No long-term damage to Ulster Bank, insists chief


ULSTER BANK chief executive Jim Brown has said he does not believe the ongoing technical problems affecting more than 100,000 of its customers have caused long-term reputational damage to the bank.

Mr Brown said the issues with the bank’s processing systems had proven to be “more complex” than initially thought when they arose in the middle of last week.

Ulster Bank has had to revise its estimate of when it expects the problem to be fixed a number of times, but Mr Brown said he was confident of getting “things back to normal by early next week”.

The technical problem has hampered the bank’s ability to process payments and created what Ulster Bank described as an “unprecedented” backlog.

This meant that certain transactions, including salaries and social welfare payments, have been failing to appear in customer accounts on time.

In an interview with The Irish Times, Mr Brown said the problem would likely “cost the bank a lot of money” but he did not know how much.

“For me the number one issue is the customers and getting things right as soon as we possibly can,” he said.

“I do apologise for the inconvenience caused to our customers and others as a consequence of the issues we have had with our systems.”

Asked whether he felt the episode had caused lasting damage to the reputation of Ulster Bank and whether it might result in migration to other financial institutions, Mr Brown replied: “I don’t think so.”

“I was in a branch earlier today and I was talking to customers and staff . . . Clearly they’re inconvenienced, but there was a lot of support and goodwill from the customers and I thank them for that.”

The issues, Mr Brown said, had arisen as a result of problems with an upgrade to a processing system held in Edinburgh, which also supports accounts held by Ulster Bank’s parent company Royal Bank of Scotland and British retail bank NatWest.

On Wednesday, RBS group said the vast majority of NatWest and RBS accounts had been free from disruption for two days but that Ulster Bank customers would continue to face “significant problems” for the rest of this week.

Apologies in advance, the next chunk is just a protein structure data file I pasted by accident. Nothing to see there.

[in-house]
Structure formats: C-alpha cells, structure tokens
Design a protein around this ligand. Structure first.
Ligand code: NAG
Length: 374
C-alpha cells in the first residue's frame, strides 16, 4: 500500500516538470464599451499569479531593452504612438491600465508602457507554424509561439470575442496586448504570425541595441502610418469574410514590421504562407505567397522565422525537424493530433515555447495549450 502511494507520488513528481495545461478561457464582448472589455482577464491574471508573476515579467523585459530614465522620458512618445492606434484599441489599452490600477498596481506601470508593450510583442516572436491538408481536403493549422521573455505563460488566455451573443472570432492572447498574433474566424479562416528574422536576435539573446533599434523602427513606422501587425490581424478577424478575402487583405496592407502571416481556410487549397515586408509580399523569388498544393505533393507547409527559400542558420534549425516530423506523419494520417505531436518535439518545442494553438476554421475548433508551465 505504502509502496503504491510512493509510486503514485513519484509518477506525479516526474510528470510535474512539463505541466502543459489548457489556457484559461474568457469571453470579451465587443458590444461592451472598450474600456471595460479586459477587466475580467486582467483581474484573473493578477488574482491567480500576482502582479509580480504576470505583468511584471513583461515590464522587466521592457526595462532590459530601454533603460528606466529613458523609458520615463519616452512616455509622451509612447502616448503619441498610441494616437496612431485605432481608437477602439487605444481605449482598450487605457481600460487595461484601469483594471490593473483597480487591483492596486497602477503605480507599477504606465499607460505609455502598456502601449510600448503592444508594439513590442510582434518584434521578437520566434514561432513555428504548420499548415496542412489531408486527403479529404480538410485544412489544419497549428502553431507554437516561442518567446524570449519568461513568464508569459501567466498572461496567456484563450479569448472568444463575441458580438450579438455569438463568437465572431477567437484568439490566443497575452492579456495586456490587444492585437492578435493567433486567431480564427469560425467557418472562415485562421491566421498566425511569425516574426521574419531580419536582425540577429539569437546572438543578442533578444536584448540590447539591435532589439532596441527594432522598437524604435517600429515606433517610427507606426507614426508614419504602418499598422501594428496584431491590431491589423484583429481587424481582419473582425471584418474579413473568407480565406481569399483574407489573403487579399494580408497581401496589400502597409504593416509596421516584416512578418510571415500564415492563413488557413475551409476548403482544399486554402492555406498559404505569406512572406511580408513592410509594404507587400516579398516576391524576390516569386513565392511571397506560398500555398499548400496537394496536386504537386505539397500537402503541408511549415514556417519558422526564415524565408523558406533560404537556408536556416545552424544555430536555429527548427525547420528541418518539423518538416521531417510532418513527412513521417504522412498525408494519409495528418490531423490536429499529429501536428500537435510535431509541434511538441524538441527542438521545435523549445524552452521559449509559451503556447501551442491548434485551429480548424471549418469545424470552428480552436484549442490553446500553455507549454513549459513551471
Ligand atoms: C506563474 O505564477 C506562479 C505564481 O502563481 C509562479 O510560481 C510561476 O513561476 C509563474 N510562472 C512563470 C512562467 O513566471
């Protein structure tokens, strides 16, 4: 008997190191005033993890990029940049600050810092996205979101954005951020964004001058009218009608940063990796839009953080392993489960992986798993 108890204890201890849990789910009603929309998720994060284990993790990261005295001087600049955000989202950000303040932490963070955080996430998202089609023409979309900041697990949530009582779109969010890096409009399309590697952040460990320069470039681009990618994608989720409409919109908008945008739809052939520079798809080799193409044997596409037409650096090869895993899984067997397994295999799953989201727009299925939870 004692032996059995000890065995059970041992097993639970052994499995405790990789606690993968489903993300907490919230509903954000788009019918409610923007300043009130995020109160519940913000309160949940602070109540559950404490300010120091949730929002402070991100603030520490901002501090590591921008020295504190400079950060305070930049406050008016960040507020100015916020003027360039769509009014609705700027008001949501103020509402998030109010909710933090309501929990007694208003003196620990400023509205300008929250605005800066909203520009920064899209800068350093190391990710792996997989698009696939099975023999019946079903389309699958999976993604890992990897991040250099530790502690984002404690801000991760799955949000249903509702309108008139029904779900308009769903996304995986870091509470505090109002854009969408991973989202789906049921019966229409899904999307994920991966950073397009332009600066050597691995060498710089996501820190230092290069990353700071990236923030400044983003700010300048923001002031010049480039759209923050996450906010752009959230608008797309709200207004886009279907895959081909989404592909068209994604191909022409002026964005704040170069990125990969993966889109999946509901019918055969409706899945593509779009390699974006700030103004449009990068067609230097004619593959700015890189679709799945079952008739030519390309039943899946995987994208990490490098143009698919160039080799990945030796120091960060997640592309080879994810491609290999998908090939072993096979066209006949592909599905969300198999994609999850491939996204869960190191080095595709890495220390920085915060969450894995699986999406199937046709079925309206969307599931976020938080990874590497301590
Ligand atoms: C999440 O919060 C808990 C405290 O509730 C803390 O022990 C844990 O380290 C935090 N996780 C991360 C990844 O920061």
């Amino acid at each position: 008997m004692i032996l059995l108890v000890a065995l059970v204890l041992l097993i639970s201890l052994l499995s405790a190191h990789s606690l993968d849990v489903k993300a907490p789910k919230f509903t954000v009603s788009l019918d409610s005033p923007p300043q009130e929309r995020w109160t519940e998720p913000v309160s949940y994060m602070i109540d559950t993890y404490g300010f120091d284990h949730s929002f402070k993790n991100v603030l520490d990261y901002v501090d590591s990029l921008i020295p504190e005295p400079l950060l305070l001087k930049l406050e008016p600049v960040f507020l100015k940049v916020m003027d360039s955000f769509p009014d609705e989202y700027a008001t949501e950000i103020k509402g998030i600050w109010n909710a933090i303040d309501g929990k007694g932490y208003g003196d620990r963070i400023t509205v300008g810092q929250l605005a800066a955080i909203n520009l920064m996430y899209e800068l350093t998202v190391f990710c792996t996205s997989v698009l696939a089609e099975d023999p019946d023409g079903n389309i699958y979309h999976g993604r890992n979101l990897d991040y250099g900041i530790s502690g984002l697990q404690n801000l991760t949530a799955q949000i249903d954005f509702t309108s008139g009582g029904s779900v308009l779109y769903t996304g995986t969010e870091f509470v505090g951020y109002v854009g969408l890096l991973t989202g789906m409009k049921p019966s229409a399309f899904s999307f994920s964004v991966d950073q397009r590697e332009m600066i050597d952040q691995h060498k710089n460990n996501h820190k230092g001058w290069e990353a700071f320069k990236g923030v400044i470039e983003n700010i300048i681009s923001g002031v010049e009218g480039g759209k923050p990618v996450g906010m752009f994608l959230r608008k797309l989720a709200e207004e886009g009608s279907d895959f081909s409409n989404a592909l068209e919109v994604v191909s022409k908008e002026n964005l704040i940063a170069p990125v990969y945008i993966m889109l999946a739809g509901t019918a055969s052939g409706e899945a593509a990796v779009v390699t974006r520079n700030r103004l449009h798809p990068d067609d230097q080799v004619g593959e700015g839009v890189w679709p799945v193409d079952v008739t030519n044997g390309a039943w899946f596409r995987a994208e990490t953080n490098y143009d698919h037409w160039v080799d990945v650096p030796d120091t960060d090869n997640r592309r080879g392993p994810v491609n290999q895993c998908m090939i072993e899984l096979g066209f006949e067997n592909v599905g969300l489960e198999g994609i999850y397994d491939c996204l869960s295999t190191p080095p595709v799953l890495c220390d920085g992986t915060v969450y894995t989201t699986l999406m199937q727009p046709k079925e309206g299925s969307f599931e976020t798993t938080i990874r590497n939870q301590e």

Mr Brown denied that repairing the issues at Ulster Bank had been less of a priority for the group.

“There is a sequencing in terms of how the systems are structured and how the processes actually run. It hasn’t been a case of prioritising one business over the other. It’s more a technical issue of how the systems were set up years ago.”

He added that customers affected by the issues would not be left out of pocket as a result of fees, charges or interest incurred as a result of payments failing to go through because of the ongoing technical problems.

The Central Bank last night said it was concerned by “the unacceptable continuing delays” by Ulster Bank in resolving the problem.

Deputy Central Bank governor Matthew Elderfield earlier this week met with RBS group chief executive Stephen Hester “to emphasise to him the importance of RBS addressing the continuing delays in resolving the technical issues”, the Central Bank said.

“The Central Bank is working with the UK Financial Services Authority and the Bank of England in investigating the root cause of the issue at the group level and how this has impacted Ulster Bank’s payment systems.”

Mr Brown said there were lessons to be learned from the episode. While the current focus was on getting things back to normal as quickly as possible, “we’ll come back to the other issues once we have done that”.

Some 80 Ulster Bank branches will extend opening hours until 7pm today to serve customers affected by the problem. Sixty branches of the bank will open from 10am to 3pm tomorrow, and from 10am to 1pm on Sunday.